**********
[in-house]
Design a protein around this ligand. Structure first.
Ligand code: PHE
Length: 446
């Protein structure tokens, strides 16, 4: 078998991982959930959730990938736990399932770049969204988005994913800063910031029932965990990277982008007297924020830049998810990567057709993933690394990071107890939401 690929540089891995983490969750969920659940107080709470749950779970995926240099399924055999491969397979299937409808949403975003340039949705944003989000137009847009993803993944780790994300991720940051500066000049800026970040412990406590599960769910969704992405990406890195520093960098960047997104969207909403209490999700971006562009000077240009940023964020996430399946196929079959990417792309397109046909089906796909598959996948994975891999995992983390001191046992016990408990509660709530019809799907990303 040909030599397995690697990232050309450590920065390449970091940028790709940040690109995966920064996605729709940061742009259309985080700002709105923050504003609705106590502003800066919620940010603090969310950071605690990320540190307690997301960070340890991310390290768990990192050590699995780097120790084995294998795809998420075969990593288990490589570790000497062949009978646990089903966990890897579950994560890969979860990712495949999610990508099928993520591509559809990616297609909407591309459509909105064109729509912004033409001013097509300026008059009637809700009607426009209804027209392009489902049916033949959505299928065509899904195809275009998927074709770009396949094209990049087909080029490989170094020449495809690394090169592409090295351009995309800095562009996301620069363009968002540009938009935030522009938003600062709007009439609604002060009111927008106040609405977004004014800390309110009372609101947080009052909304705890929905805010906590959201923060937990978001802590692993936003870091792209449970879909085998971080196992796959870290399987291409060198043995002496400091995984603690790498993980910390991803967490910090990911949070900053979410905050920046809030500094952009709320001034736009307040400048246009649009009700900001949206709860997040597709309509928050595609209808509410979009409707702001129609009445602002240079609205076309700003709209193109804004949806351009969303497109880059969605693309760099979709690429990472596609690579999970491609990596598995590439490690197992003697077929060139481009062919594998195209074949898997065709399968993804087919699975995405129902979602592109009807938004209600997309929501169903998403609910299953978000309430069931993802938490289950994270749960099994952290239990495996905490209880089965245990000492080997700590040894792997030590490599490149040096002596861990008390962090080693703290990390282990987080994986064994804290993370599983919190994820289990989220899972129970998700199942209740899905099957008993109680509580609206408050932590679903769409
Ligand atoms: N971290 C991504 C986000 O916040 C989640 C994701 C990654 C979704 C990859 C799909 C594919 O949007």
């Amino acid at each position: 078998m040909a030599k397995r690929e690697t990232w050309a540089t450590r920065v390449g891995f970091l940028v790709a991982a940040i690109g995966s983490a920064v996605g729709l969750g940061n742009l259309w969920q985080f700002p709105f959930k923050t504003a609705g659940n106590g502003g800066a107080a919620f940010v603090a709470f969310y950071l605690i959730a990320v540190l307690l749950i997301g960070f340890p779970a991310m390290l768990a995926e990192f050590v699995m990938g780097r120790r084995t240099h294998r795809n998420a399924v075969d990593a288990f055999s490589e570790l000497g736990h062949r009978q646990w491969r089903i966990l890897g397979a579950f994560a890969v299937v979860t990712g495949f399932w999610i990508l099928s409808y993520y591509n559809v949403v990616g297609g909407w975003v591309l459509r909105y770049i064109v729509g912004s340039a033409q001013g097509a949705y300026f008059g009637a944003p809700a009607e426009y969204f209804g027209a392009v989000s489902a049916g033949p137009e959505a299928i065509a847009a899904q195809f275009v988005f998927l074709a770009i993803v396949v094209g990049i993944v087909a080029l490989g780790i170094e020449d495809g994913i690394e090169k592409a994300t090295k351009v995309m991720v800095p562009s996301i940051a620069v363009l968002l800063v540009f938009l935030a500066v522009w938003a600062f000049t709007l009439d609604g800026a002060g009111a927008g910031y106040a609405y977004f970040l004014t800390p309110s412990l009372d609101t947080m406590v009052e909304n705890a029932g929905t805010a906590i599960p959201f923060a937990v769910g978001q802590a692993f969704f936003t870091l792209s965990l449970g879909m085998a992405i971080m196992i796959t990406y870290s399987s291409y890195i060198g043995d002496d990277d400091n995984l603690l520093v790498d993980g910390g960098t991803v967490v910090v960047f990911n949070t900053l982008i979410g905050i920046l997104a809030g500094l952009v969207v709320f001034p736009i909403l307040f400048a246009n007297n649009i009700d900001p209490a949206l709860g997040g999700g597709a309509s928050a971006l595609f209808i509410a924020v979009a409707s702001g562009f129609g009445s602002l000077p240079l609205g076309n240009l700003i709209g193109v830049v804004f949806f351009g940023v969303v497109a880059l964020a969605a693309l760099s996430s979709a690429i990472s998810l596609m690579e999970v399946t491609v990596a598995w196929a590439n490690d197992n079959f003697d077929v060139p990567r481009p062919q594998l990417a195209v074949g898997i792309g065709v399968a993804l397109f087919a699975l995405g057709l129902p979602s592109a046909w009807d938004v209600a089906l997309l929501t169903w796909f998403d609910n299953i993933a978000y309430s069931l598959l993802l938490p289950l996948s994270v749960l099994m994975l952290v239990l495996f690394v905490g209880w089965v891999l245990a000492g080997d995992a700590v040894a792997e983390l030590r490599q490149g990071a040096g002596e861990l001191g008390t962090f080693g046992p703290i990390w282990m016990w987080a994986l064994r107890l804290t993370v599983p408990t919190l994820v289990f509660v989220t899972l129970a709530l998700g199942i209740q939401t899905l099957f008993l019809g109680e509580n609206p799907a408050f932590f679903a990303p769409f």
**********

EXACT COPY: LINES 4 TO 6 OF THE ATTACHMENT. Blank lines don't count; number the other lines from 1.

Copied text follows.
Length: 446
């Protein structure tokens, strides 16, 4: 078998991982959930959730990938736990399932770049969204988005994913800063910031029932965990990277982008007297924020830049998810990567057709993933690394990071107890939401 690929540089891995983490969750969920659940107080709470749950779970995926240099399924055999491969397979299937409808949403975003340039949705944003989000137009847009993803993944780790994300991720940051500066000049800026970040412990406590599960769910969704992405990406890195520093960098960047997104969207909403209490999700971006562009000077240009940023964020996430399946196929079959990417792309397109046909089906796909598959996948994975891999995992983390001191046992016990408990509660709530019809799907990303 040909030599397995690697990232050309450590920065390449970091940028790709940040690109995966920064996605729709940061742009259309985080700002709105923050504003609705106590502003800066919620940010603090969310950071605690990320540190307690997301960070340890991310390290768990990192050590699995780097120790084995294998795809998420075969990593288990490589570790000497062949009978646990089903966990890897579950994560890969979860990712495949999610990508099928993520591509559809990616297609909407591309459509909105064109729509912004033409001013097509300026008059009637809700009607426009209804027209392009489902049916033949959505299928065509899904195809275009998927074709770009396949094209990049087909080029490989170094020449495809690394090169592409090295351009995309800095562009996301620069363009968002540009938009935030522009938003600062709007009439609604002060009111927008106040609405977004004014800390309110009372609101947080009052909304705890929905805010906590959201923060937990978001802590692993936003870091792209449970879909085998971080196992796959870290399987291409060198043995002496400091995984603690790498993980910390991803967490910090990911949070900053979410905050920046809030500094952009709320001034736009307040400048246009649009009700900001949206709860997040597709309509928050595609209808509410979009409707702001129609009445602002240079609205076309700003709209193109804004949806351009969303497109880059969605693309760099979709690429990472596609690579999970491609990596598995590439490690197992003697077929060139481009062919594998195209074949898997065709399968993804087919699975995405129902979602592109009807938004209600997309929501169903998403609910299953978000309430069931993802938490289950994270749960099994952290239990495996905490209880089965245990000492080997700590040894792997030590490599490149040096002596861990008390962090080693703290990390282990987080994986064994804290993370599983919190994820289990989220899972129970998700199942209740899905099957008993109680509580609206408050932590679903769409
Ligand atoms: N971290 C991504 C986000 O916040 C989640 C994701 C990654 C979704 C990859 C799909 C594919 O949007």